Emiliano Zapata relentlessly pursued his dream of freedom and land, rallying Mexican peasants: "Prefiero morir de pie que vivir de rodillas [I'd rather die on my feet, than live on my knees]"
Returning to Epictetus; beginning in verse 33, he describes the life of a slave and the desire for freedom. When granted his freedom, the slave leaps from the boiling water of servitude and into the frying pan of other "masters" such as making a living, paying taxes, working at a marriage, giving military service, and eventually into living in servitude again - this time as a senator in the government. The point of this example is that this slave thinks he can find happiness in externals. And so he spends time, effort and anxiety trying to be free of slavery, then of making a living, then of raising a family, then of military service and finally governmental service ... and he never is content; never gets what he desires.
Indeed, "we all want ... to live in peace, to be happy, to do as we like and never be foiled or forced to act against our wishes." And we attain that peace, not by seeking freedom in externals, but by focusing on things that are in our absolute control. And this can be proven: Viktor Frankl found meaning in life despite the most unbearable circumstances; and we can all think of uber-rich celebrities, tycoons and politicians, who despite having everything are still malcontent. These malcontents are true slaves.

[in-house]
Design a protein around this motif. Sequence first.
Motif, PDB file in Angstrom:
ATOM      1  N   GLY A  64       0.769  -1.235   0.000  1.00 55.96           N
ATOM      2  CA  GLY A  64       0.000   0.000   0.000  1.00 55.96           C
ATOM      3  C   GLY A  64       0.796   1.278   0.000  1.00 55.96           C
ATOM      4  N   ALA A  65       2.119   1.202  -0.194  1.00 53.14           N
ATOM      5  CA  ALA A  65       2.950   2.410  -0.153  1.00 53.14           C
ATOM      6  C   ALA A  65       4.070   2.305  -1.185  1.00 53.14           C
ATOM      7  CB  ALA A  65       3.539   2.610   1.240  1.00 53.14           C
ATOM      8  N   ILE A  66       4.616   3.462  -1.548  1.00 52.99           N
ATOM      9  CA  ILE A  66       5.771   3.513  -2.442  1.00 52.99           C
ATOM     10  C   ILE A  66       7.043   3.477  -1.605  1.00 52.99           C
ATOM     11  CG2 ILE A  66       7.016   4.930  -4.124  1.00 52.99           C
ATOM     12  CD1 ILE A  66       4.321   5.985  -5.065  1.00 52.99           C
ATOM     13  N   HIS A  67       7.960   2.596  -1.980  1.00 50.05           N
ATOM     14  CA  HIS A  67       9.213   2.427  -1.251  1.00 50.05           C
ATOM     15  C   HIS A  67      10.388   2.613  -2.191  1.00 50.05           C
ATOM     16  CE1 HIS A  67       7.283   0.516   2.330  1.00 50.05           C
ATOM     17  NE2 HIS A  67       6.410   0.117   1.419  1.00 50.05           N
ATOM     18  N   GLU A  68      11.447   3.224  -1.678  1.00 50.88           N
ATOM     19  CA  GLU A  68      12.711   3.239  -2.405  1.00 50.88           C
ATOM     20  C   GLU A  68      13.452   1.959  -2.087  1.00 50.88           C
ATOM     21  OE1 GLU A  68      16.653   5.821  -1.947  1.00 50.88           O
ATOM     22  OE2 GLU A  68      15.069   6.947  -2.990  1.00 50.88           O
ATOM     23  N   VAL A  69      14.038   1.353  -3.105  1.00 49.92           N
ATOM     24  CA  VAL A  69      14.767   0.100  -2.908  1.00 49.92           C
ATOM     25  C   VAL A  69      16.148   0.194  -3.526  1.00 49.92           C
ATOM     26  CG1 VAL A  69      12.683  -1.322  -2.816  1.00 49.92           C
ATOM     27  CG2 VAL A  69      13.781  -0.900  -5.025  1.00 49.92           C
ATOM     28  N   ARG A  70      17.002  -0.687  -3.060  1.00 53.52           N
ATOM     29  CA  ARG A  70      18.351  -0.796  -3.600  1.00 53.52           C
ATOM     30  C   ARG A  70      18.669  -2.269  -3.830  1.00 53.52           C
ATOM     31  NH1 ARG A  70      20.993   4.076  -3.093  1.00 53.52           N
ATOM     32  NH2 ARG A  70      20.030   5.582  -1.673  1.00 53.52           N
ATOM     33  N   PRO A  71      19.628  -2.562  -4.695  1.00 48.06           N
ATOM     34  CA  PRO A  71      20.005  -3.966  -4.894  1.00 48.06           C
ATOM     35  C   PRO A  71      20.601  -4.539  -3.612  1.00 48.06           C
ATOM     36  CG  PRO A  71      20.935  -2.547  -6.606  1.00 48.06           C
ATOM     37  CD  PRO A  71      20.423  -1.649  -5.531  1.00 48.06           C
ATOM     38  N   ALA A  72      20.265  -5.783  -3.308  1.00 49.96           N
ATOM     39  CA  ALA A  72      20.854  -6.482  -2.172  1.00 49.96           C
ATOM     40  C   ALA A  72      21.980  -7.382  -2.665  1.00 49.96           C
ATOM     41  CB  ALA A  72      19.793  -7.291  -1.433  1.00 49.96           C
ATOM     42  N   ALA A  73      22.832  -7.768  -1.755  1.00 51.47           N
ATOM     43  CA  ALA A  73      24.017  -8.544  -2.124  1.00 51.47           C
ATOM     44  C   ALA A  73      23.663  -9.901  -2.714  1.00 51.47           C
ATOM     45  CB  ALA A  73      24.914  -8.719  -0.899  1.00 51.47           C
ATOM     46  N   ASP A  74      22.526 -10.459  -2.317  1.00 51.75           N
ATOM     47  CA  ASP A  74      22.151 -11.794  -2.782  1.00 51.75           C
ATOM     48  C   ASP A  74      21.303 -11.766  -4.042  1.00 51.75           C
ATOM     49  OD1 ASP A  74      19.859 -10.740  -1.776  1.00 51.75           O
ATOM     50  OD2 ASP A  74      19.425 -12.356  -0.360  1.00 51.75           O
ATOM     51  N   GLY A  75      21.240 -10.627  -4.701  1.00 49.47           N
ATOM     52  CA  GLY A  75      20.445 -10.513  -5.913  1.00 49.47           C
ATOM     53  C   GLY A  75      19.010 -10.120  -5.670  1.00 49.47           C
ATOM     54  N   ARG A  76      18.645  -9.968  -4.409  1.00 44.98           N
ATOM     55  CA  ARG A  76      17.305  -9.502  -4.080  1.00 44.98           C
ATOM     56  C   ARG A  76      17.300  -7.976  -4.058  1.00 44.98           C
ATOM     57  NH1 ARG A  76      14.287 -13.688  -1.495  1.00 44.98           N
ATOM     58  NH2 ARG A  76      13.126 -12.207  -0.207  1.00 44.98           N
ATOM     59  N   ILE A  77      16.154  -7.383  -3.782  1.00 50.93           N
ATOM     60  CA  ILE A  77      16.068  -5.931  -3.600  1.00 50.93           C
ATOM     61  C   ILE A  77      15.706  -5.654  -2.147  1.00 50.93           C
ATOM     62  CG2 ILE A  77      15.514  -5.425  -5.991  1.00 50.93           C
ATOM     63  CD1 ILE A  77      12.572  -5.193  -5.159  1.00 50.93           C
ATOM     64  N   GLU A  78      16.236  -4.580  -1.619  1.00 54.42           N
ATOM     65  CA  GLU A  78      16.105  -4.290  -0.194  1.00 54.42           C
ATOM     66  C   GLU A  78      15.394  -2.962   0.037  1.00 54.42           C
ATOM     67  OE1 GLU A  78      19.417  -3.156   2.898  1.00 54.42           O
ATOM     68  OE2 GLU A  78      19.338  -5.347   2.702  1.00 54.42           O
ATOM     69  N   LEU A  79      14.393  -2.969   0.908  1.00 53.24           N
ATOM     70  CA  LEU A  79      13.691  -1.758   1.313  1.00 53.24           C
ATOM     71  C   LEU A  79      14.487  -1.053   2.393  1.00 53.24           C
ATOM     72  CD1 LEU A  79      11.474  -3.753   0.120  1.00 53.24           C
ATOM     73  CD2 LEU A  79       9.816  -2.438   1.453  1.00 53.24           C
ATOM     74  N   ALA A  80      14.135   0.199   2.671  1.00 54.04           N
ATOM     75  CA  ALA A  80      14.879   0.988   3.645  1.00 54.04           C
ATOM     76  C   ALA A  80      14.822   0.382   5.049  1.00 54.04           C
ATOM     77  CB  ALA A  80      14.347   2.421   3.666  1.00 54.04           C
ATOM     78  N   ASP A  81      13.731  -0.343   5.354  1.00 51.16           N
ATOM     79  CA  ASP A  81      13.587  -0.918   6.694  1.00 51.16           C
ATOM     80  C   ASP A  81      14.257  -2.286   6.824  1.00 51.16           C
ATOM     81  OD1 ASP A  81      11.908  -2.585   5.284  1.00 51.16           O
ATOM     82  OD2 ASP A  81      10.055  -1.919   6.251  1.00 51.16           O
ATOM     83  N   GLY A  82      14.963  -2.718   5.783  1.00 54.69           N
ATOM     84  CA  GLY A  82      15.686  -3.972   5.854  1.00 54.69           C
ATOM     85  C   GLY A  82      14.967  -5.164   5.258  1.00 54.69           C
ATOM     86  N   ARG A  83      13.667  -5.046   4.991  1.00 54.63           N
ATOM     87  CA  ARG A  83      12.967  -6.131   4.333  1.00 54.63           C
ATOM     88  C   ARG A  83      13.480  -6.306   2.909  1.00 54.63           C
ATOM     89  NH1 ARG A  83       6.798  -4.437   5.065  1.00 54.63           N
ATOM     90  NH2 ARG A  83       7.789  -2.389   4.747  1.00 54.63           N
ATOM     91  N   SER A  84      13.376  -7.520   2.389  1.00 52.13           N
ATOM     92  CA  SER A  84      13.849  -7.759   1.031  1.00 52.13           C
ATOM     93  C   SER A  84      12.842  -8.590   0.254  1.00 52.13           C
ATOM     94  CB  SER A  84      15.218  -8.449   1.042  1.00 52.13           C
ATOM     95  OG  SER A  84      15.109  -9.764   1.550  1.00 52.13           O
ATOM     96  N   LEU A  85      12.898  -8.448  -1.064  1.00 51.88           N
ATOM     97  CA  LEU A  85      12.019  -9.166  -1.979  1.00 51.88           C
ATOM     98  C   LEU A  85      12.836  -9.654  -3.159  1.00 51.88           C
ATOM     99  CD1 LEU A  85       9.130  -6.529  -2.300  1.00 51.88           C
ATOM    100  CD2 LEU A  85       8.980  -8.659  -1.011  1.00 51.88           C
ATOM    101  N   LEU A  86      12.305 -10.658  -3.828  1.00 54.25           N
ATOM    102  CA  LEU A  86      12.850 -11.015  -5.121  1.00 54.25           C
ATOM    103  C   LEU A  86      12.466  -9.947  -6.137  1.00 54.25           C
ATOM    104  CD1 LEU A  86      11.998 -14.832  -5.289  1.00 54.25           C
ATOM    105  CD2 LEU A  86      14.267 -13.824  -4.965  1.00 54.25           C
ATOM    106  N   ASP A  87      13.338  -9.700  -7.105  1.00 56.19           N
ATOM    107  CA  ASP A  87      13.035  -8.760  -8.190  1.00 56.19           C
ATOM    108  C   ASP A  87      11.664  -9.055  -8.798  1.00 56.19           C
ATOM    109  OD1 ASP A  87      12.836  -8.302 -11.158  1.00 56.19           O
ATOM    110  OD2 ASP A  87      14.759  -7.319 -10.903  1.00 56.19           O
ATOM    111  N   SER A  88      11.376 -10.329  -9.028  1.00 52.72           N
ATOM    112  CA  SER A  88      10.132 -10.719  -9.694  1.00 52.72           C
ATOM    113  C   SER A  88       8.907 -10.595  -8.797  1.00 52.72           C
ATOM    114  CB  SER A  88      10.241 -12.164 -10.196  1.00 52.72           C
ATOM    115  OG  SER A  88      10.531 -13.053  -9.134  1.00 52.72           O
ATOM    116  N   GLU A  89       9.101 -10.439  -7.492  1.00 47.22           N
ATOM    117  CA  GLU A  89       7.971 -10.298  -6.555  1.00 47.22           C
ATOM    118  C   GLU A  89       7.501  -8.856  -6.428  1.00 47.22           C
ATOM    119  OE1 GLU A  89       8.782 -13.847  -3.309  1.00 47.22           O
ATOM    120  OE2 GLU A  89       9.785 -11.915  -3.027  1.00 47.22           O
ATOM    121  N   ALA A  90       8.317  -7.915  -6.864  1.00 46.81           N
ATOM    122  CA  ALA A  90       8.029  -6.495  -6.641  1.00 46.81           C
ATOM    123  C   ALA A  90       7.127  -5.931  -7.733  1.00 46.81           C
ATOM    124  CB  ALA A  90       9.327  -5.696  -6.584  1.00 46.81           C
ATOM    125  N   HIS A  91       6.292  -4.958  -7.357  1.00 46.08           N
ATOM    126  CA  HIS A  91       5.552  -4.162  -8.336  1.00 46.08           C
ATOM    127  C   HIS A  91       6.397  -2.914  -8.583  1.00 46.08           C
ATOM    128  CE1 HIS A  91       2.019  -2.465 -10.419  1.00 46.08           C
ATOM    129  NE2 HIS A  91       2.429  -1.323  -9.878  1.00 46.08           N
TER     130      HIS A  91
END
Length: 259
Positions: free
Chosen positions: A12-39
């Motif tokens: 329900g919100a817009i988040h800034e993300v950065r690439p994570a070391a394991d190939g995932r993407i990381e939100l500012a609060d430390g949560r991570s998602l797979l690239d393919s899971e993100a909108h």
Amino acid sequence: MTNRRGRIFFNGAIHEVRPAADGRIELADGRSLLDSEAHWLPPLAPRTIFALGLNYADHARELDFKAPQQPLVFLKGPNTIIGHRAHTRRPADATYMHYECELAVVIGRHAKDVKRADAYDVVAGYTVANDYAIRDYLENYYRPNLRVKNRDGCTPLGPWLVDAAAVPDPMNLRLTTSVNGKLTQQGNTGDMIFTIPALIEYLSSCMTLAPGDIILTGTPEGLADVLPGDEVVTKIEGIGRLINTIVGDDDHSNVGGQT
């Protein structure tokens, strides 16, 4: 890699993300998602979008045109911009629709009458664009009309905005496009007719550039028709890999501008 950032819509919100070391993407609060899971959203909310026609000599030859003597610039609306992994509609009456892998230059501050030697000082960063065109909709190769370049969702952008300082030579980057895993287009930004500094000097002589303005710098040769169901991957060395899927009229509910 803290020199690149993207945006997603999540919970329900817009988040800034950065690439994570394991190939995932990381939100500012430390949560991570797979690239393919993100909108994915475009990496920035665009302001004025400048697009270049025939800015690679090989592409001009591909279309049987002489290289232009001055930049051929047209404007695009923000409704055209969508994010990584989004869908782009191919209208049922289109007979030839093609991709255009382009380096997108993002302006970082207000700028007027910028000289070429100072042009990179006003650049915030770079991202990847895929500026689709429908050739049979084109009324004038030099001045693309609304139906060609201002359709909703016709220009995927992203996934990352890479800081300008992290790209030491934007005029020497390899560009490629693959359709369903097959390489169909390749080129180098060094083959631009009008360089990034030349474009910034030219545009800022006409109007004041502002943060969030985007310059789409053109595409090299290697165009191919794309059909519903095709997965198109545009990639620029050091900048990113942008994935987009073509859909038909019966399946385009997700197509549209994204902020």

"If you hear someone say 'Master' sincerely and with feeling, call him a slave no matter if twelve bodyguards march ahead of him. Or if you hear, 'God, the things I put up with!' call the person a slave. If you just see him disconsolate, angry or out of sorts, call him a slave - albeit a slave in a purple toga. Even if he does none of these things, don't call him free just yet, acquaint yourself with his judgments, in case they show any sign of constraint, disappointment or disaffection. ... We have masters in the form of circumstances, which are legion. And anyone who controls any one of them controls us as well."
You may be reading this and saying to yourself, "who is free then? The way Epictetus describes things, makes it sound like we are all slaves!" Now we are ready to learn!
Epictetus asks, "What is it then that renders a person free and independent? ... is their nothing that is under our control, is everything under our control - or are there some things we control, and others we don't?" This is how we have to view everything in our life! What is under our absolute control and what is not. Then and only then will we begin to understand where true freedom lies.